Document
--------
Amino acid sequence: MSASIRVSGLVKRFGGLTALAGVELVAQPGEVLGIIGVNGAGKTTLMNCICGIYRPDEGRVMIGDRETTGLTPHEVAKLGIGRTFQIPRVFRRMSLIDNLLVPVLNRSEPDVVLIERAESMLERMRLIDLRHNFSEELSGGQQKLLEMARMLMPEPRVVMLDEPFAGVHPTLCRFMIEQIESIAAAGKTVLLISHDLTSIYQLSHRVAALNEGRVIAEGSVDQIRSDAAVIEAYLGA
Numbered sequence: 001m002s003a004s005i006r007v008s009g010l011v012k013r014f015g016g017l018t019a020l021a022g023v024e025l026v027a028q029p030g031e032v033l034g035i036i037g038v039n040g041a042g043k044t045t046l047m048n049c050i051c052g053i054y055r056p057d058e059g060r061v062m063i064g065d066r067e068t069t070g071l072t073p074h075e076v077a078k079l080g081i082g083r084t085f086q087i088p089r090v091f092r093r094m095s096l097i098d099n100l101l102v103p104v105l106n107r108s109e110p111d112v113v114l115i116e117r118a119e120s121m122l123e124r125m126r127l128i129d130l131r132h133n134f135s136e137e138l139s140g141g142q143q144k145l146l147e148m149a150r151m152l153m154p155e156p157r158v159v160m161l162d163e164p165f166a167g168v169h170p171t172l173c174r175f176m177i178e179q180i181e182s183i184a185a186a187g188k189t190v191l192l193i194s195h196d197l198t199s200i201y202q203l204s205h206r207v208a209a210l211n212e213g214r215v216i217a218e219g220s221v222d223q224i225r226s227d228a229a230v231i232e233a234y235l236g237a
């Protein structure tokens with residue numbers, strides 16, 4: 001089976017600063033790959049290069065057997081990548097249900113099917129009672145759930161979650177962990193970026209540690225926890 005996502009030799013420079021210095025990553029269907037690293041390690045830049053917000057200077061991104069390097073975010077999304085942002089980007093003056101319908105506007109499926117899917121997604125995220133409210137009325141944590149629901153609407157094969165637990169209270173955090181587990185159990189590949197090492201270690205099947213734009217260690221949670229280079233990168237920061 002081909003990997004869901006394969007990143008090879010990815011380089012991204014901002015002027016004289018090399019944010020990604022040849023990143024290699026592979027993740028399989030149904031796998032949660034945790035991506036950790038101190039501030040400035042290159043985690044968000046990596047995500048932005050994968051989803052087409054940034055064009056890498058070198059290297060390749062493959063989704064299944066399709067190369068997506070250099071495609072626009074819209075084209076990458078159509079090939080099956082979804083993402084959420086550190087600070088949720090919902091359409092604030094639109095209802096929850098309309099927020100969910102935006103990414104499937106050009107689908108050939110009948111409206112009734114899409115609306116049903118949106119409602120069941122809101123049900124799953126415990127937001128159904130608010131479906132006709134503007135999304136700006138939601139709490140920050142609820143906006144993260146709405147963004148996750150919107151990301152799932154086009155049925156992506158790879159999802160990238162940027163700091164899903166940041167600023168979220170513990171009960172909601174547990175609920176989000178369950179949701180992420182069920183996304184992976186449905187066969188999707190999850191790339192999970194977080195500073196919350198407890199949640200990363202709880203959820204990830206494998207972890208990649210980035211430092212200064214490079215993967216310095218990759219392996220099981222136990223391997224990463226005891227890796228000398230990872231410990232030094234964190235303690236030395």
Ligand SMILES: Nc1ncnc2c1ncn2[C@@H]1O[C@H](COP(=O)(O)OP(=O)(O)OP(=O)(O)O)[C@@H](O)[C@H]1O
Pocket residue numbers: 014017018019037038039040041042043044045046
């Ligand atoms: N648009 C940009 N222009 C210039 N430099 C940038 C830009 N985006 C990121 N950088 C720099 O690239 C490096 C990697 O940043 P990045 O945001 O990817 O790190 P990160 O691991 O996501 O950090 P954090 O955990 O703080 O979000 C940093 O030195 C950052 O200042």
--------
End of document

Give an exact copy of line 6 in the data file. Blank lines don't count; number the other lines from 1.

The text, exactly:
């Ligand atoms: N648009 C940009 N222009 C210039 N430099 C940038 C830009 N985006 C990121 N950088 C720099 O690239 C490096 C990697 O940043 P990045 O945001 O990817 O790190 P990160 O691991 O996501 O950090 P954090 O955990 O703080 O979000 C940093 O030195 C950052 O200042």